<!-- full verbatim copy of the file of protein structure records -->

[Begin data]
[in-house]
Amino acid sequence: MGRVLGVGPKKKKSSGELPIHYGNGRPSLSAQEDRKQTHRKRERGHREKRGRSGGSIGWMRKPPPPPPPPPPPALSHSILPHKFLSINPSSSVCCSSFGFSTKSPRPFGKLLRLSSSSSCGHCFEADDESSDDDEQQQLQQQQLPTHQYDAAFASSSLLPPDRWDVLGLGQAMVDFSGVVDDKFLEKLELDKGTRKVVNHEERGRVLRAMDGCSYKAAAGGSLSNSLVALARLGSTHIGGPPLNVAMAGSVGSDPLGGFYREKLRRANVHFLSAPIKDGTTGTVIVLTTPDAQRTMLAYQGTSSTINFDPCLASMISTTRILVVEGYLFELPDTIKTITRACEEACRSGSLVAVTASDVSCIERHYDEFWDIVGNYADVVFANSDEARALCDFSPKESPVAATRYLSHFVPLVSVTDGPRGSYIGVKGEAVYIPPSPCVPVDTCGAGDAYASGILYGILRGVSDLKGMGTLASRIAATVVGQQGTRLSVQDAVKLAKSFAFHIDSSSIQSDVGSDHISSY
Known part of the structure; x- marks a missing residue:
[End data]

[in-house]
Amino acid sequence: MGRVLGVGPKKKKSSGELPIHYGNGRPSLSAQEDRKQTHRKRERGHREKRGRSGGSIGWMRKPPPPPPPPPPPALSHSILPHKFLSINPSSSVCCSSFGFSTKSPRPFGKLLRLSSSSSCGHCFEADDESSDDDEQQQLQQQQLPTHQYDAAFASSSLLPPDRWDVLGLGQAMVDFSGVVDDKFLEKLELDKGTRKVVNHEERGRVLRAMDGCSYKAAAGGSLSNSLVALARLGSTHIGGPPLNVAMAGSVGSDPLGGFYREKLRRANVHFLSAPIKDGTTGTVIVLTTPDAQRTMLAYQGTSSTINFDPCLASMISTTRILVVEGYLFELPDTIKTITRACEEACRSGSLVAVTASDVSCIERHYDEFWDIVGNYADVVFANSDEARALCDFSPKESPVAATRYLSHFVPLVSVTDGPRGSYIGVKGEAVYIPPSPCVPVDTCGAGDAYASGILYGILRGVSDLKGMGTLASRIAATVVGQQGTRLSVQDAVKLAKSFAFHIDSSSIQSDVGSDHISSY
Known part of the structure; x- marks a missing residue: